Plan 9 From Gentoo: Plan 9 Meets Gentoo
Plan 9 From Gentoo is a Google Summer of Code 2011 project to overlay a Plan 9-inspired userspace on top of a Gentoo base system. The project is inspired by and builds on the work of Plan 9 From Bell Labs. You can download it here.
i. History of Plan 9
To understand some of why Plan 9 From Bell Labs is exciting, a (short) history lesson is in order. Linux was originally created by a then college student named Linus Torvalds in 1991 and was intended to be a free operating system derived from Unix. Besides the Windows family of operating systems, all of today's popular, non-research operating systems are descended from Unix, including OSX, Linux, and the BSDs. Unix was designed and implemented by Ken Thompson and Dennis Ritchie, both of whom worked (at the time) for AT&T Bell Laboratories, in 1969. The design of Unix has had far ranging effects and literally shaped modern computing as we currently know it.
During the 1980s, Bell Labs began work on a new, experimental operating system called Plan 9 From Bell Labs. It was developed by members of the Computing Science Research Center at Bell Labs, the same group that developed the original Unix and C programming language which, naturally, includes many famous names from the realm of computer science: Rob Pike, Ken Thompson, Dave Presotto, Phil Winterbottom, and Dennis Ritchie. Plan 9 From Bell Labs was an attempt at a "modern" rethinking of Unix.
ii. Plan 9 Features
- First operating system to adopt support for unicode. In Plan 9 From Bell Labs, unicode is the default encoding, which explains it's popularity in non-English speaking nations. Plan 9 From Bell Labs seems to be, in your humble narrator's experience, especially popular in Asian countries.
- Plan 9 From Bell Labs took the "everything is a file" mentality from Unix and extended it to all parts of the system, including representing devices and configuration options as files. Plan 9 From Bell Labs was the inspiration for what would eventually become the /proc filesystem in Linux.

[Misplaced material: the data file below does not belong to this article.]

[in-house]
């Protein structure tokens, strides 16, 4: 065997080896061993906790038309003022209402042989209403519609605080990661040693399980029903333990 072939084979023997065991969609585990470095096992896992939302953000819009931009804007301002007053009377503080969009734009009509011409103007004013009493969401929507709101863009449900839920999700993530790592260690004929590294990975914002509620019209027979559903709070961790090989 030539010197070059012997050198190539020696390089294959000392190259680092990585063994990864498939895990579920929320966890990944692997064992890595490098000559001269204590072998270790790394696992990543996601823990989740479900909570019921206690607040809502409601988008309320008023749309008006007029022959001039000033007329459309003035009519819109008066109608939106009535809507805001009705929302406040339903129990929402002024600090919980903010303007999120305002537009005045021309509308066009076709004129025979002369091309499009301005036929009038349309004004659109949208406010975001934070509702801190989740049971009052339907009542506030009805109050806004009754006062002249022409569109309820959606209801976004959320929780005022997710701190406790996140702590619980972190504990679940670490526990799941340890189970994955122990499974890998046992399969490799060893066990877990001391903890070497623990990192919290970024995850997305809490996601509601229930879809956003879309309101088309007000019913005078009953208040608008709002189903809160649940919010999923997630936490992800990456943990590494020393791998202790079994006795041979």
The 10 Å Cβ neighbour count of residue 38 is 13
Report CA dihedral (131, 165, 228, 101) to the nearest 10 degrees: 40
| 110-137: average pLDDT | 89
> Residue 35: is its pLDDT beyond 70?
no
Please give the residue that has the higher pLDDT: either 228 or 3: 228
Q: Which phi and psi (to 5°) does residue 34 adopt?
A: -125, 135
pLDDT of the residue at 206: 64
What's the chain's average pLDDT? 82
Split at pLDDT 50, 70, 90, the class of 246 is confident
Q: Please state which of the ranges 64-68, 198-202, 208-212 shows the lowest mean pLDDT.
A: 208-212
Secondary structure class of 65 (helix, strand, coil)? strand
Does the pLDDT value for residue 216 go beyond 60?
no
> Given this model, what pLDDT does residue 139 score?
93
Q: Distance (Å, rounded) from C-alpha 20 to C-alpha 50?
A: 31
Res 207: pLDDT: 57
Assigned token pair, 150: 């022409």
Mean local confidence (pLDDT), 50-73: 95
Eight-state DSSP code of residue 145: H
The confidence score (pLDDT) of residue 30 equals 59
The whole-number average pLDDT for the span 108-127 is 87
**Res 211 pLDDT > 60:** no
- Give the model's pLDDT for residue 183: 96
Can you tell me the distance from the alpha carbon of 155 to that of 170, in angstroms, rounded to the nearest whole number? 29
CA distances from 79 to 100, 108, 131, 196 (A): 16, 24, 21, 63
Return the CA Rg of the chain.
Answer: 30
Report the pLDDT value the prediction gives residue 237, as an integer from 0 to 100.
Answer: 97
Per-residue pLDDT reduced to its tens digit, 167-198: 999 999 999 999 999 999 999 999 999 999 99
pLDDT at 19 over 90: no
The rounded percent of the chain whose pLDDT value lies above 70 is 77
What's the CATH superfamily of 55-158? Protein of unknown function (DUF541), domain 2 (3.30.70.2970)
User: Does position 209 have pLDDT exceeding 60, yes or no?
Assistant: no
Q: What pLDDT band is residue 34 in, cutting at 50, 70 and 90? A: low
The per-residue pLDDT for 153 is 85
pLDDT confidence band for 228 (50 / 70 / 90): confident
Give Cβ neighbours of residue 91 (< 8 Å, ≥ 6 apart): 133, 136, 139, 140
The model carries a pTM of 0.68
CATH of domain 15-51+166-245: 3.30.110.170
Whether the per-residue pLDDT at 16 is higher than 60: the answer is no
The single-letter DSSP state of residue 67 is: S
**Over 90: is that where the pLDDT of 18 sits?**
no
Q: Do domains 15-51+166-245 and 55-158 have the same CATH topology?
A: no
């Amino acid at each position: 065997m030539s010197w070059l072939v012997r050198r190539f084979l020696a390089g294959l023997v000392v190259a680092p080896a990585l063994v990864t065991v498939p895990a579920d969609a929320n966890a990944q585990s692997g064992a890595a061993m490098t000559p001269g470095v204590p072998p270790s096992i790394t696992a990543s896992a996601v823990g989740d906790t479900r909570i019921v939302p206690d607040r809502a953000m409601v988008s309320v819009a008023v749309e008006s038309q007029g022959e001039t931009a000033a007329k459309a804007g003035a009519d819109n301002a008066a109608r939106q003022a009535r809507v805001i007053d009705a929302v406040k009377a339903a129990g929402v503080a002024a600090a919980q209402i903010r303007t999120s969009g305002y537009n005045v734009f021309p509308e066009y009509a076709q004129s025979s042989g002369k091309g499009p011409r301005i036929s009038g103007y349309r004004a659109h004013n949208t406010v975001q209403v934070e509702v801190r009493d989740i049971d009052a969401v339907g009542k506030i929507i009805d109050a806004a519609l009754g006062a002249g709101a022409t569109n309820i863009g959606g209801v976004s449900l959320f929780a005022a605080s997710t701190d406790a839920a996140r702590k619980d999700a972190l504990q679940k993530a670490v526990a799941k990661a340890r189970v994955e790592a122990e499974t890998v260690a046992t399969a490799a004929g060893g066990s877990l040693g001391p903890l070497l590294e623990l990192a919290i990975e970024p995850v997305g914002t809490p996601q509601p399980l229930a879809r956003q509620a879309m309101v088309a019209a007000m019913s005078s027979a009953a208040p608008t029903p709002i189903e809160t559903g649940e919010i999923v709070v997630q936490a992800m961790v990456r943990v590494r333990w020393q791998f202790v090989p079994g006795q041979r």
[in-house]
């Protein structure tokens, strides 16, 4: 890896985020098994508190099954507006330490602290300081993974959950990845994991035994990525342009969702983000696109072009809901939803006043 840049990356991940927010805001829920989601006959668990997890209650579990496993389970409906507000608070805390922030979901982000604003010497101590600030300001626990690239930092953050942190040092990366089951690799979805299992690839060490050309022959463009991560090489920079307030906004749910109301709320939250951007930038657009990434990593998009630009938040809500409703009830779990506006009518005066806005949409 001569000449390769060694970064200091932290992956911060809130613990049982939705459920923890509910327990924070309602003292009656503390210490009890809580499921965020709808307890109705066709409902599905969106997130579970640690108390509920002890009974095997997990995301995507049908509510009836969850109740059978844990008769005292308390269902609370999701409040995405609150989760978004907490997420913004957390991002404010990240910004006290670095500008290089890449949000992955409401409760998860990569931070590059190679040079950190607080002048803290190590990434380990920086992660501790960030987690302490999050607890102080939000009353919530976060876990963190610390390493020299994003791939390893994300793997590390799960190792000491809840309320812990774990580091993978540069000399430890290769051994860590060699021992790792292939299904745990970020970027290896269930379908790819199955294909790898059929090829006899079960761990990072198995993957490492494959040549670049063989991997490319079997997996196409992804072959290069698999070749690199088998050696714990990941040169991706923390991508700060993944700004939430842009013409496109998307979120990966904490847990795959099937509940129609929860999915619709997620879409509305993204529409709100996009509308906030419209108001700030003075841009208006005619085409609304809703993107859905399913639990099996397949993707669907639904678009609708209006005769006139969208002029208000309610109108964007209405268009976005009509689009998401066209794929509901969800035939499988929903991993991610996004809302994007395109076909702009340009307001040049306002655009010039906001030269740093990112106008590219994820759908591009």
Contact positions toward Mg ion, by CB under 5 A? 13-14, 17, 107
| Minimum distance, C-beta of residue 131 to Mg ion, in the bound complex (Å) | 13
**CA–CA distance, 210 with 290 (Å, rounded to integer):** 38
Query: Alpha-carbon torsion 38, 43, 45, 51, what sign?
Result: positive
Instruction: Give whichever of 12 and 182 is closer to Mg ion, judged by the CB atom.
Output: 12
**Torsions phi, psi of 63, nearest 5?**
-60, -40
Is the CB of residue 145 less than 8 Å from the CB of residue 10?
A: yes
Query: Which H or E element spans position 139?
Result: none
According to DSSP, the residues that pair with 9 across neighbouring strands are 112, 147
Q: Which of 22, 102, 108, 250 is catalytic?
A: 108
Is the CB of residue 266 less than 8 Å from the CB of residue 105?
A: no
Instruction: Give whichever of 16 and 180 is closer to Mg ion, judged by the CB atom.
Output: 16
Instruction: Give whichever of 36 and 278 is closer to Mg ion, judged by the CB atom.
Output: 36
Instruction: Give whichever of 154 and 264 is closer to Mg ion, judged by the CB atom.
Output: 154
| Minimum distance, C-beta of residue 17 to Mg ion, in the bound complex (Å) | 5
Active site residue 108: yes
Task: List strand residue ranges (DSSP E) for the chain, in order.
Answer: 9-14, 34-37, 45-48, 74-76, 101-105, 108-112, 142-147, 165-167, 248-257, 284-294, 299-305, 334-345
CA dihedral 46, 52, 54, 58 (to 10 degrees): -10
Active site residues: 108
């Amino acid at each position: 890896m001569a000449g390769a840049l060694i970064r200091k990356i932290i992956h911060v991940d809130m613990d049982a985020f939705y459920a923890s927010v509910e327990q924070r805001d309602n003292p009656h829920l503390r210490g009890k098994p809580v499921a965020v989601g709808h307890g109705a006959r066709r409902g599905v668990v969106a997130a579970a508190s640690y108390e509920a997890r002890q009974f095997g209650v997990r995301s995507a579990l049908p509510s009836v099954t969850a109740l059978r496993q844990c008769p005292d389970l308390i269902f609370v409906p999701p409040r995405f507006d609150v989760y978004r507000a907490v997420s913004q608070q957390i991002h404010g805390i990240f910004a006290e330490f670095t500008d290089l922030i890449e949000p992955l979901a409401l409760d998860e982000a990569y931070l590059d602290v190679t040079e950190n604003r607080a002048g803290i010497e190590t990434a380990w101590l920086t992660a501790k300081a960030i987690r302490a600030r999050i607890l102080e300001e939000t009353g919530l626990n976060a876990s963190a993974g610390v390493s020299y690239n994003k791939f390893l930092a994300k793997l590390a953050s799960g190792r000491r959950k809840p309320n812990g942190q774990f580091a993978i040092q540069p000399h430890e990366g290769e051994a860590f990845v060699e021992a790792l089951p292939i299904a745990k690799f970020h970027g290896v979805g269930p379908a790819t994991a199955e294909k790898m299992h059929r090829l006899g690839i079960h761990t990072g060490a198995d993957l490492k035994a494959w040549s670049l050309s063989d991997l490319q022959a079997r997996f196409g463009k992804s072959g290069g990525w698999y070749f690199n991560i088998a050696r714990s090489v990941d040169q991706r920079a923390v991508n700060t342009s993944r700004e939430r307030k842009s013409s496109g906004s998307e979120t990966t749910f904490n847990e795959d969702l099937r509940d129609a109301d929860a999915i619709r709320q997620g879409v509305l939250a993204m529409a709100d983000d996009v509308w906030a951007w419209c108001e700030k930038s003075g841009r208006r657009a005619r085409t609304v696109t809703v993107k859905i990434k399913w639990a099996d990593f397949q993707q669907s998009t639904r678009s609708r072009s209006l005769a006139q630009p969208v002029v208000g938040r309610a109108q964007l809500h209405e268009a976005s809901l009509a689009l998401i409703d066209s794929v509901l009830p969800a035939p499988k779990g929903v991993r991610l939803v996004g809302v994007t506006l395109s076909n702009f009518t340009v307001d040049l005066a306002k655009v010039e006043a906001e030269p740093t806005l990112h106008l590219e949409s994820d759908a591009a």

- Implemented in only 51 system calls, Plan 9 From Bell Labs implemented what can be thought of as a first generation microkernel.
- Filesystems were implemented in userspace, allowing for much more flexibility with what one could accomplish with filesystems alone.
- Plan 9 From Bell Labs implemented per-process namespaces, something only very recently supported by modern operating systems like Linux and DragonFly BSD.
- A novel permissions model, bypassing the concept of a "root" user, instead limiting access based on whether or not a user was using resources from their local machine.
- A standard protocol, called 9P, is used to access all resources, both local and remote.
- Users can easily spawn "clones" of themselves, modify them, and then remove them without affecting the resources from which they were created.
- Plan 9 introduced the idea of union directories, directories that combine resources across different media or across a network, binding transparently to other directories. For example, another computer's /bin (applications) directory can be bound to one's own, and then this directory will hold both local and remote applications and the user can access both transparently.